The Georgian Artist Andro Wekua Considers Conflict on the Canvas
Like dreams, Andro Wekua’s mixed-media paintings seem created out of complex layers of the deeply personal and the vastly mythic. And like the best art, the work feels both of its time (a lost generation on the brink of another world war, circa AD 2022) and utterly, almost biblically timeless. The 44-year-old artist grew up in the Georgian state of Abkhazia on the Black Sea, his family fleeing when he was 15 to the country’s capital, Tbilisi, after the region fell to Russian forces. Wekua now lives and works primarily in Berlin, but the memories of his childhood continue to haunt his mind and inform his art (to this day, Georgians are not allowed to return to this Russian-occupied territory). This fall, Wekua presents a series of new paintings at Gladstone Gallery in New York that evoke these lost visions—more retrievable in the imagination than they can be in a geopolitical red zone. To mark this touchdown in Manhattan, the artist spoke with his friend and fellow painter Elizabeth Peyton. Spoiler alert: St. George slays the dragon.
ELIZABETH PEYTON: Where are you?
ANDRO WEKUA: I’m in Tbilisi, flying back to Berlin tomorrow. Where are you?
PEYTON: I’m in my studio at home in New York.
WEKUA: I can see there’s a skylight. How’s New York?
PEYTON: New York is not empty. It’s nice and lively, but so hot.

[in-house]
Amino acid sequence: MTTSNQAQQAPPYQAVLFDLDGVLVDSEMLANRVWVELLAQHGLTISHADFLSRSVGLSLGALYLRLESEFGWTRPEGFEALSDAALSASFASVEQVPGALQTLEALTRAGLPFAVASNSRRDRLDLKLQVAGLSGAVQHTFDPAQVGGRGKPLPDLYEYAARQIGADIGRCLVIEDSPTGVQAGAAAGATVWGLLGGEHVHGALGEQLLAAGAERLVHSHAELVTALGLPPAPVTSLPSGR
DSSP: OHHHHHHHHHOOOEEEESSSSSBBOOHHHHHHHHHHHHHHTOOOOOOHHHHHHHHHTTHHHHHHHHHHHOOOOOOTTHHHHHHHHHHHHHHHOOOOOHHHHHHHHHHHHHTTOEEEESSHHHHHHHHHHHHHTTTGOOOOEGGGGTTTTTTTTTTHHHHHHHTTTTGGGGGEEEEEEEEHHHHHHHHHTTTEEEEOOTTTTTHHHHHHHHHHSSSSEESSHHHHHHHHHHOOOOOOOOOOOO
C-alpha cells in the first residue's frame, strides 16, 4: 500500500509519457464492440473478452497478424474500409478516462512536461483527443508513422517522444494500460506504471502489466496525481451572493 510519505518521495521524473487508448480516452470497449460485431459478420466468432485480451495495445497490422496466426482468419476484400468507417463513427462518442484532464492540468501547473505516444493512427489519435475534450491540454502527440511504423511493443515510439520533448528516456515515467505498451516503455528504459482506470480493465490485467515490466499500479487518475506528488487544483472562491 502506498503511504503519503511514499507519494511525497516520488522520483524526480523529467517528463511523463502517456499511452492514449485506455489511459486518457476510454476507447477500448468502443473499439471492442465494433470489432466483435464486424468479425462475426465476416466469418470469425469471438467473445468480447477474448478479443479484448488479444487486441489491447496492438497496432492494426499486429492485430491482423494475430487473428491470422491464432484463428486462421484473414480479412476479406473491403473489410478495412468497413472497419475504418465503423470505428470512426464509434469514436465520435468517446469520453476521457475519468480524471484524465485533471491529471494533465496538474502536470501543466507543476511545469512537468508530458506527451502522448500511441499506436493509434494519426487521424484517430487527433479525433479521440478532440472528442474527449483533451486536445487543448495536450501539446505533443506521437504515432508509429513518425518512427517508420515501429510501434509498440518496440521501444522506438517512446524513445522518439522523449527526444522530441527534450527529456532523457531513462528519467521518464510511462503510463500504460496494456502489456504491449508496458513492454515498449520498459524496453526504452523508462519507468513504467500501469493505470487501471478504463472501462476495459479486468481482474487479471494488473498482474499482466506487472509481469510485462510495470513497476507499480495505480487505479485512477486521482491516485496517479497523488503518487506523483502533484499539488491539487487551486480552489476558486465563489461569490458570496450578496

WEKUA: I like your haircut.
PEYTON: Thank you. I didn’t have time to wash my hair. Yesterday I went up to the Metropolitan Museum of Art. I hadn’t been there in five months, and it was like going into nature for the first time. It’s just so great. It’s nice to be in a city near all of that work.
WEKUA: It is really important. Here there are a lot of old churches with Byzantine frescoes and icons, which are inspiring to me in terms of painting. Growing up in Soviet times, it was difficult to have access to contemporary art. I just went to the Samegrelo region in Georgia. There is a church, which is from the 10th century, and it has frescoes inside from the 14th century. There was one of St. George with the dragon. But how I saw it, he wasn’t wielding a weapon like he’s usually shown. Maybe that part has been erased over time. There was no slaying, which was really beautiful. The dragon was knotted within itself. I never saw anything like it before.